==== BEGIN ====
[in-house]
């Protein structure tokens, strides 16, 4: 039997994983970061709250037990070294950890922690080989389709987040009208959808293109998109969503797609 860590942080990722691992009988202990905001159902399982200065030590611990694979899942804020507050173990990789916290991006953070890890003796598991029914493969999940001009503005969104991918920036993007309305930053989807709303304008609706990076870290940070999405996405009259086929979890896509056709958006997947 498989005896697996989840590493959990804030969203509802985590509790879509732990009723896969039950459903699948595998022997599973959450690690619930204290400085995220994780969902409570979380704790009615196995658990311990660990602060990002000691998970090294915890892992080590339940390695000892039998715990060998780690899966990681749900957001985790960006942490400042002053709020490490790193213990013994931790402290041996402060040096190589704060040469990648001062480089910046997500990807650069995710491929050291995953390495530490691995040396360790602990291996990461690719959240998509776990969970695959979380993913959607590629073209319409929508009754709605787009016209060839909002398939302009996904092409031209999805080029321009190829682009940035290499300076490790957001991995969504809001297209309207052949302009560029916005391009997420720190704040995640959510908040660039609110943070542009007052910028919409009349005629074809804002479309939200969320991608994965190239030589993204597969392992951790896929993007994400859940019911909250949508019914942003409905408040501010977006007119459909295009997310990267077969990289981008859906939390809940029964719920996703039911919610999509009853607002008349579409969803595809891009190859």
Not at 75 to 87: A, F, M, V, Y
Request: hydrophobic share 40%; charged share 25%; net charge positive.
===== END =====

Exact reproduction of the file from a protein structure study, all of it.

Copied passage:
[in-house]
């Protein structure tokens, strides 16, 4: 039997994983970061709250037990070294950890922690080989389709987040009208959808293109998109969503797609 860590942080990722691992009988202990905001159902399982200065030590611990694979899942804020507050173990990789916290991006953070890890003796598991029914493969999940001009503005969104991918920036993007309305930053989807709303304008609706990076870290940070999405996405009259086929979890896509056709958006997947 498989005896697996989840590493959990804030969203509802985590509790879509732990009723896969039950459903699948595998022997599973959450690690619930204290400085995220994780969902409570979380704790009615196995658990311990660990602060990002000691998970090294915890892992080590339940390695000892039998715990060998780690899966990681749900957001985790960006942490400042002053709020490490790193213990013994931790402290041996402060040096190589704060040469990648001062480089910046997500990807650069995710491929050291995953390495530490691995040396360790602990291996990461690719959240998509776990969970695959979380993913959607590629073209319409929508009754709605787009016209060839909002398939302009996904092409031209999805080029321009190829682009940035290499300076490790957001991995969504809001297209309207052949302009560029916005391009997420720190704040995640959510908040660039609110943070542009007052910028919409009349005629074809804002479309939200969320991608994965190239030589993204597969392992951790896929993007994400859940019911909250949508019914942003409905408040501010977006007119459909295009997310990267077969990289981008859906939390809940029964719920996703039911919610999509009853607002008349579409969803595809891009190859």
Not at 75 to 87: A, F, M, V, Y
Request: hydrophobic share 40%; charged share 25%; net charge positive.